Luxury Greece Unspoilt for 50somethings

Can a five-star resort compete with the real Greece? Indie traveller Jason Wilkins loathes luxury but a 50something newish romance meant towing the line and buying a decent pair of trousers to discover luxury Greece.

Europe, Luxury Travel, Travel Destinations

Can a five-star resort compete with the real Greece? Indie traveller Jason Wilkins loathes luxury but a 50something newish romance meant towing the line and buying a decent pair of trousers to discover luxury Greece, for more information headover to this page.

I’m looking out onto sandy Skafidia, one of the best beaches in Greece’s Peloponnese peninsula. When I finish this beer, there’s another one if I want it, and the wine too is free flowing. We’ve been at the five-star Aldermar Olympia for half an hour and though I’m not sold on the idea of resorts, I’m at least confident it won’t be a bad week. To say I don’t like resorts is an understatement. The bay stretches out in both directions surrounded by wilderness, olives trees and vineyards, not a skyscraper or ugly block in sight. And I won’t be paying deluxe prices for alcohol because all-inclusive means exactly that.

I’m not impressed with stars other than what’s in the sky, and I have no interest in luxury, whether it’s luxury Greece or anywhere. I retired early to spend time travelling, in nature and in sunny climates. I can afford this lifestyle because I was a savvy businessman and I don’t spend on frills. Then fate delivers love. With a writer who loves the city and has ridiculous spending habits.

Luxury Greece - the pier sand at Aldermar Olympia
Luxury Greece – the pier sand at Aldermar Olympia

The thing about a 50something relatively new romance is that it has to accommodate managing cholesterol (mine) intolerances (hers) and that old chestnut of being set in one’s ways. We make each other laugh about being at polar extremes, but when it comes to travelling it gets tricky. I’m just after the basics, and she’s got ‘standards’.

Would I try a five-star luxury Greek resort? Well, she sprung that one on me. No way. That’s not the real Greece. A luxury snooty version of a sanitised holiday camp? Thanks, but no thanks, was my go-to reaction.

‘I’m going to put my foot down,’ she said.

‘Darling not too hard, your bunions,’ I replied.

Did you know that the world’s best boutique hotel is in Greece?

Last year in late May/early June we explored the dramatic southern coast of the Peloponnese together and stayed in pretty Kardomyli where writer Sir Patrick Leigh Fermor lived. This time round I’d just spent two weeks off the beaten track in an idyllic spot an hour outside the bustling airport town of Kalamata. Out of season everything shuts down and that includes food shops, cafés and restaurants. The real Greece meant living off tins and whatever my landlords left outside my door. The truth is I was fed up with basics and it was hardly ideal for her to join me there.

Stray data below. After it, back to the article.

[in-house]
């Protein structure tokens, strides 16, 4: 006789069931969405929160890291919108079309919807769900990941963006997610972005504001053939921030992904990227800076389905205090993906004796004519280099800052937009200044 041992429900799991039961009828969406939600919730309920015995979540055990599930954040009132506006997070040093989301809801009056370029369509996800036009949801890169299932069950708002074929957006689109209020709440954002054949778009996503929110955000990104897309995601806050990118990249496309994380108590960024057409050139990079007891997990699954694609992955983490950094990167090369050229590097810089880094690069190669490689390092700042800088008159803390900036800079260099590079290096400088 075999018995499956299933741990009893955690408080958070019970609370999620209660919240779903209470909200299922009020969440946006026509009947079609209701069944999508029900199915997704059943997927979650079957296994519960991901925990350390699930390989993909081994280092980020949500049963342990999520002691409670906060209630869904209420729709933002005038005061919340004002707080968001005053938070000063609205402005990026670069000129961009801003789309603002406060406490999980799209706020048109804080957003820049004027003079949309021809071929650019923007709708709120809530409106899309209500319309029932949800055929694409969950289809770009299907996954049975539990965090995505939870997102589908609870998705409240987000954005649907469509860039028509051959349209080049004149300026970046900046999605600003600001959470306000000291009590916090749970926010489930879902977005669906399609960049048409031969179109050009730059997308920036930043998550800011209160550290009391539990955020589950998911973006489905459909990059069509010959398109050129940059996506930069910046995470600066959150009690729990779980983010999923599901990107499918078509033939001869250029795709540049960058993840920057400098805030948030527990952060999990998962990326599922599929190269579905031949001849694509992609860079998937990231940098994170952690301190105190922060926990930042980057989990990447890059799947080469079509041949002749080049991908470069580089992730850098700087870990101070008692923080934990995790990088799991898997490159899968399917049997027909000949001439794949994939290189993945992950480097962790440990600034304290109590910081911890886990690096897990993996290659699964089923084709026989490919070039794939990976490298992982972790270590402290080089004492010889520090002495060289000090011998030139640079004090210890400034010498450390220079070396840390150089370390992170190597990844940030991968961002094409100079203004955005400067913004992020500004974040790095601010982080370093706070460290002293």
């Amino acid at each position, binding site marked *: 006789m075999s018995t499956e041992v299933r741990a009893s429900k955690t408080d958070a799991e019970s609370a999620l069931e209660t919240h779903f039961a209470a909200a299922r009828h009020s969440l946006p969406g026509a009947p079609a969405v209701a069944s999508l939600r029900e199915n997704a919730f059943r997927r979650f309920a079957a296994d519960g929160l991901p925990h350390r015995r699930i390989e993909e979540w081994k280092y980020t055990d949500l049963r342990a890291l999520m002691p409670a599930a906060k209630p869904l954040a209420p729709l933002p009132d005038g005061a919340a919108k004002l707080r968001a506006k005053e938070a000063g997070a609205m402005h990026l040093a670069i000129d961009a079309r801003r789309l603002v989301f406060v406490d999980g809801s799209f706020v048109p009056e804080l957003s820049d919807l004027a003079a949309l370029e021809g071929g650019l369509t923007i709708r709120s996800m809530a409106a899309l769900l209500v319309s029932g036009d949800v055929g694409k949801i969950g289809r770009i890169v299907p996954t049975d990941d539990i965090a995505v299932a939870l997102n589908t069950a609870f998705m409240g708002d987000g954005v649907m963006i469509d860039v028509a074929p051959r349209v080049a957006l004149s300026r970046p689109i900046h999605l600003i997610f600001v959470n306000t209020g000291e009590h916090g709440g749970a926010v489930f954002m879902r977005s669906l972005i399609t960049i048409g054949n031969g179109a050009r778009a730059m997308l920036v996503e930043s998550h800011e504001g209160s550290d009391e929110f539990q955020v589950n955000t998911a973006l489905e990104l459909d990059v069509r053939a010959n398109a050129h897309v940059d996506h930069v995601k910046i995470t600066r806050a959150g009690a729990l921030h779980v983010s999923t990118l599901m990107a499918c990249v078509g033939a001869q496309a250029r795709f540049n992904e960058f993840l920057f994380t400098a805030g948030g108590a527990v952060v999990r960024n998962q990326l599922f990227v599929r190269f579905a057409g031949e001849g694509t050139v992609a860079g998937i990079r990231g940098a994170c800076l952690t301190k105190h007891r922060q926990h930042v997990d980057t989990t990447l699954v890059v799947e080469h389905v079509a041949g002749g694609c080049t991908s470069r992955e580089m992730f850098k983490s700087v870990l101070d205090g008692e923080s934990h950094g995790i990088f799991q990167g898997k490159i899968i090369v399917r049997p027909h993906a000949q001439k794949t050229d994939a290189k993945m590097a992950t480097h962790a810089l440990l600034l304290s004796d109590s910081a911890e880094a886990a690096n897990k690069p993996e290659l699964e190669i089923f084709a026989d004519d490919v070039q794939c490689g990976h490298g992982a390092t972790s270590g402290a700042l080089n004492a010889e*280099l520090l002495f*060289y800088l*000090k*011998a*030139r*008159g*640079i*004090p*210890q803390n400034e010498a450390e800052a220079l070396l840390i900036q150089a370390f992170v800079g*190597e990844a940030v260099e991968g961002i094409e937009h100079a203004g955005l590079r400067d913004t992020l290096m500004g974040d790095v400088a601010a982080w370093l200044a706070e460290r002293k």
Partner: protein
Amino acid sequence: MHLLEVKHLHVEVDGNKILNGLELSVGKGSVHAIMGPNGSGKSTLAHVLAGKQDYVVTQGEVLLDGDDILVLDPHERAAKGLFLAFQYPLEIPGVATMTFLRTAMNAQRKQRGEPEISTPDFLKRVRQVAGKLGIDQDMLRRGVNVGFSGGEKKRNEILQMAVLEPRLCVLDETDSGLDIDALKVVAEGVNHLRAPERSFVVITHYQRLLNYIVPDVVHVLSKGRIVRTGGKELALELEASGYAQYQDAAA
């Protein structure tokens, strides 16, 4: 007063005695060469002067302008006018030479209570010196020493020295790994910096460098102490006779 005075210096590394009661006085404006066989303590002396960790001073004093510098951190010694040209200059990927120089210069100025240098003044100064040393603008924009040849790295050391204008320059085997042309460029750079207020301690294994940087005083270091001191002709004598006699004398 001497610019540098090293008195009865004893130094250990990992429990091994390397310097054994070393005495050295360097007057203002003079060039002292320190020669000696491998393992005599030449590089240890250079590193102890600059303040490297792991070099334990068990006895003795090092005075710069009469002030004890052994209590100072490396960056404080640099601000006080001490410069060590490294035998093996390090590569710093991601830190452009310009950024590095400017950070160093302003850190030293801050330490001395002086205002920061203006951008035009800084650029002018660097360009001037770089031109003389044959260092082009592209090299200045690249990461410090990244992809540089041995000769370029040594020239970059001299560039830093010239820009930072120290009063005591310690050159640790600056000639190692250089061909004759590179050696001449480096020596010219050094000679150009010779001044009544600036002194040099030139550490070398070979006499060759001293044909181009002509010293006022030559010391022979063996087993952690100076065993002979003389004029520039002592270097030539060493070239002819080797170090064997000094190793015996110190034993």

Ok, I was keen to see the west, but would I be allowed in with my three scrunched up t-shirts, track pants, shorts and old swimming trunks? Yes she said. What could go wrong? (You might split up, warned my brother and a friend).

I headed to Kalamata which is a lovely old town, has a good beach, a lot of life – and shops. In H&M, I splashed out on linen trousers for €11. Well I didn’t want to show her up.

“You’ll be fine,” cooed Darling confidently when we met at the airport for the hotel transfer.

Sparkling wine awaited us in the hotel reception when we arrived. Beware of Greek receptionists bearing plastic bangles attached to our wrists. Tagged we were. A jovial chap took us by buggy round the many houses – fitting 2000 people at the height of summer – to a cluster of villas. Darling had instructed me to shake his hand when I gave him a tip rather than just give it to him. Etiquette apparently.

Luxury Greece – our villa at Aldermar Olympia

Our suite had two floors, each with a bathroom. Great I thought, one untidy one for me, a pretty one for her, his n hers zones, now that’s luxury. There was a big platter of fruit and a bottle of red wine.

‘Korres, they’ve got Korres,’ she was shrieking with joy. No, that wasn’t a brand of beer, but a natural – aka overpriced – Greek toiletries brand. I consider myself lucky if there’s a half a bottle of washing up liquid that’ll do as shower gel too.

Off we head to the lunch and I’m thinking, are these hotel guests who are walking along the beach path? It’s all normal-informal.

For the first couple of days it feels most odd to be free to walk in any direction to explore nature without my usual traveller’s mission: where is the nearest shop? Surely, there’s something we need that’s not on tap? Water? Tick. Bottles of them everywhere. (I’d prefer it if they had a system of filling up reusable bottles, but they did assure me they’re committed to recycling.) Darling tells me I don’t need my traveller’s bag as we can leave valuables in the safe, but still I keep it on me. It’s one that fits round the waist with compartments for water bottles which we do need, and then there’s her phone and reading glasses.